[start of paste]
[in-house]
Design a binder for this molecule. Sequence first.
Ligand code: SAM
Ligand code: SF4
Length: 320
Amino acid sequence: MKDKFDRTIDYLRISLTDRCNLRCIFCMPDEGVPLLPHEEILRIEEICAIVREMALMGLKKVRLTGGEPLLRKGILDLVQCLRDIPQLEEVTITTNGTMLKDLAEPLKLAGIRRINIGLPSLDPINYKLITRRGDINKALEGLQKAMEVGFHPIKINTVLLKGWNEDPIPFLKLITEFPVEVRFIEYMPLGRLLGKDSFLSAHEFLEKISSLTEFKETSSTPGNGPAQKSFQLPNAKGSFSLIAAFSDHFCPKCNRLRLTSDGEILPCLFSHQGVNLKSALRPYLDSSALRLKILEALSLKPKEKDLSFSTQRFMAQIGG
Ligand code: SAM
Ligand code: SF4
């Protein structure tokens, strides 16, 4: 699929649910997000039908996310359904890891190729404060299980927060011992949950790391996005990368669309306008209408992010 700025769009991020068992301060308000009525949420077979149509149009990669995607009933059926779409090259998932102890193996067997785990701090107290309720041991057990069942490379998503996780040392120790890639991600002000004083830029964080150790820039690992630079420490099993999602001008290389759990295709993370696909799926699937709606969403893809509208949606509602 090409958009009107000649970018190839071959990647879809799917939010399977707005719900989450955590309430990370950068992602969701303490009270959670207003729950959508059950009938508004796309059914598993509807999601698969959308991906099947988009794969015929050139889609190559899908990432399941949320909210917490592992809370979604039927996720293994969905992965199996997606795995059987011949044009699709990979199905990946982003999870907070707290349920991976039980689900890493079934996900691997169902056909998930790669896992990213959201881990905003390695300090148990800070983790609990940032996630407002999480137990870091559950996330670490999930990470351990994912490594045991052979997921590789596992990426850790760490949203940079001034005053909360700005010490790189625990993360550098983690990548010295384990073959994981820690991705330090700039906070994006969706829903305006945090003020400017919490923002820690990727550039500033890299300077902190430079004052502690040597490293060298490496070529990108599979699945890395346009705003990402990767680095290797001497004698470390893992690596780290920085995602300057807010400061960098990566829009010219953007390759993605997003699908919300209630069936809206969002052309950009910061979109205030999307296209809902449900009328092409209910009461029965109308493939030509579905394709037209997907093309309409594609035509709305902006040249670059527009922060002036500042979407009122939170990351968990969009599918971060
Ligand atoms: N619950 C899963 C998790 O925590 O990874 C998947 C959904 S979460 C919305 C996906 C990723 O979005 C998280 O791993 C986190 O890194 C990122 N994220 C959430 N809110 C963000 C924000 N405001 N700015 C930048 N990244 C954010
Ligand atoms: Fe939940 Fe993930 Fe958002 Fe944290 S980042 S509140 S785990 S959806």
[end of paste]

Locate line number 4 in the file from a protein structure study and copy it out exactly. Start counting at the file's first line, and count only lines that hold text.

Ligand code: SF4